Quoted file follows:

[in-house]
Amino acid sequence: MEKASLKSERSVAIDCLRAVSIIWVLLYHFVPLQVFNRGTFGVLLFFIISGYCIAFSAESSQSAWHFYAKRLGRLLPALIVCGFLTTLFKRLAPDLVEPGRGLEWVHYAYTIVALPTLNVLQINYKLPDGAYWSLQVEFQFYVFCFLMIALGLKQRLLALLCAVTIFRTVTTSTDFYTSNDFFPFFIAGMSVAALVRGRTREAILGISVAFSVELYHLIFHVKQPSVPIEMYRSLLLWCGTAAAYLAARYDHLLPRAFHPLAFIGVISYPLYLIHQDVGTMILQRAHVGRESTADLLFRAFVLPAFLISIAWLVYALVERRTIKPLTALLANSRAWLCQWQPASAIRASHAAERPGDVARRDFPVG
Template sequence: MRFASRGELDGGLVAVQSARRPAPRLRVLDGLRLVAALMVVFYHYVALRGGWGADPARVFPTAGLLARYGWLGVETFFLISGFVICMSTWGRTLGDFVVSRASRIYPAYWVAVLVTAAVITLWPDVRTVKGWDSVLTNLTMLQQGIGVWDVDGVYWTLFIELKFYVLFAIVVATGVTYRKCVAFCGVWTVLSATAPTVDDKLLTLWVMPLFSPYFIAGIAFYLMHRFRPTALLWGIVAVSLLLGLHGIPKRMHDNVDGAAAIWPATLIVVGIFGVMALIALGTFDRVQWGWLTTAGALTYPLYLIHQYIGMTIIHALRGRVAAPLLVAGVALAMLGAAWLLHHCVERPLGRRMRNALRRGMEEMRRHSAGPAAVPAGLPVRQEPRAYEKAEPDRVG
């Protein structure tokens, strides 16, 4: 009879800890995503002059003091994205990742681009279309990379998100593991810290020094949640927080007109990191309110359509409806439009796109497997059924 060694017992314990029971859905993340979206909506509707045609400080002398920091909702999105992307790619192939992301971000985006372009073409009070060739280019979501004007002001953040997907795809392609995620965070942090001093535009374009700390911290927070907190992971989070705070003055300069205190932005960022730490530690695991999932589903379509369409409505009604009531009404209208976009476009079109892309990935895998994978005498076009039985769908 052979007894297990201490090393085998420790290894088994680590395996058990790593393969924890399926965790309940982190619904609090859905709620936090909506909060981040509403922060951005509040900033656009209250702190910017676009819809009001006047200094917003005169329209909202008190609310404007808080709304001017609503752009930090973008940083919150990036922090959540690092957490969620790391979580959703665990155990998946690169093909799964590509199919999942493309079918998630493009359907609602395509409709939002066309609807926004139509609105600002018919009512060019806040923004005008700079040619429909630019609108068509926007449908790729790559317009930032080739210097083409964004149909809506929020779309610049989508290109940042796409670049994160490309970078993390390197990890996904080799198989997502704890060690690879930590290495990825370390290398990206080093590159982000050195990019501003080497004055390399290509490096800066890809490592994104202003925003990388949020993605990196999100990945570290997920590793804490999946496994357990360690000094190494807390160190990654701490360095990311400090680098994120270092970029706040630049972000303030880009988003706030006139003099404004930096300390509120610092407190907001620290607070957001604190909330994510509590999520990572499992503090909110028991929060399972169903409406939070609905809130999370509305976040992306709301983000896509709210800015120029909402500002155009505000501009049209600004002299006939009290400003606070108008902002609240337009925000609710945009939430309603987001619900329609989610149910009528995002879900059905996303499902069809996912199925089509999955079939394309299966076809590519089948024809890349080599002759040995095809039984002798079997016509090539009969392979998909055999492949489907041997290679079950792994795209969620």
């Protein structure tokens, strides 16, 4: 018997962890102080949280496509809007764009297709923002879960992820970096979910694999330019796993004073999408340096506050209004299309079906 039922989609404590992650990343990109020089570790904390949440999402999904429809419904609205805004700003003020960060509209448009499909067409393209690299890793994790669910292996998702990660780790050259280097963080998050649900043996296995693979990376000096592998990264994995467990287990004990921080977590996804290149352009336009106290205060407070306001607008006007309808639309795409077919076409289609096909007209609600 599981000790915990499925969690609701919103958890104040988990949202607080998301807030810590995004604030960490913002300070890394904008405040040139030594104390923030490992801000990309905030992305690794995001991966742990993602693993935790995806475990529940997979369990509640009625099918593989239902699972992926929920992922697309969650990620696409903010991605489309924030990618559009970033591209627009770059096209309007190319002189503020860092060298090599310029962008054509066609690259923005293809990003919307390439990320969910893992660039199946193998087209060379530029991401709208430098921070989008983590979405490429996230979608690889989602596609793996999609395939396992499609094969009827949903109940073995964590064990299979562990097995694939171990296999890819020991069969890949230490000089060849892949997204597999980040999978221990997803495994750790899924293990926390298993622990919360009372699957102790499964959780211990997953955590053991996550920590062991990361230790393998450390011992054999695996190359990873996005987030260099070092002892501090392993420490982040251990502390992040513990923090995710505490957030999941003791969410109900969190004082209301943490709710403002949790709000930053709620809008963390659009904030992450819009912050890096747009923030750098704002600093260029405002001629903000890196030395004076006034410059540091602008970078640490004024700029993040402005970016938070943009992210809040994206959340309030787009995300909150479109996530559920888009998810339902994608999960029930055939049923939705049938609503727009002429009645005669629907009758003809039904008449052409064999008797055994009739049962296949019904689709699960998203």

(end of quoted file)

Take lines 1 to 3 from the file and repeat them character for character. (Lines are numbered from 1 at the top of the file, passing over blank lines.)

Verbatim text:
[in-house]
Amino acid sequence: MEKASLKSERSVAIDCLRAVSIIWVLLYHFVPLQVFNRGTFGVLLFFIISGYCIAFSAESSQSAWHFYAKRLGRLLPALIVCGFLTTLFKRLAPDLVEPGRGLEWVHYAYTIVALPTLNVLQINYKLPDGAYWSLQVEFQFYVFCFLMIALGLKQRLLALLCAVTIFRTVTTSTDFYTSNDFFPFFIAGMSVAALVRGRTREAILGISVAFSVELYHLIFHVKQPSVPIEMYRSLLLWCGTAAAYLAARYDHLLPRAFHPLAFIGVISYPLYLIHQDVGTMILQRAHVGRESTADLLFRAFVLPAFLISIAWLVYALVERRTIKPLTALLANSRAWLCQWQPASAIRASHAAERPGDVARRDFPVG
Template sequence: MRFASRGELDGGLVAVQSARRPAPRLRVLDGLRLVAALMVVFYHYVALRGGWGADPARVFPTAGLLARYGWLGVETFFLISGFVICMSTWGRTLGDFVVSRASRIYPAYWVAVLVTAAVITLWPDVRTVKGWDSVLTNLTMLQQGIGVWDVDGVYWTLFIELKFYVLFAIVVATGVTYRKCVAFCGVWTVLSATAPTVDDKLLTLWVMPLFSPYFIAGIAFYLMHRFRPTALLWGIVAVSLLLGLHGIPKRMHDNVDGAAAIWPATLIVVGIFGVMALIALGTFDRVQWGWLTTAGALTYPLYLIHQYIGMTIIHALRGRVAAPLLVAGVALAMLGAAWLLHHCVERPLGRRMRNALRRGMEEMRRHSAGPAAVPAGLPVRQEPRAYEKAEPDRVG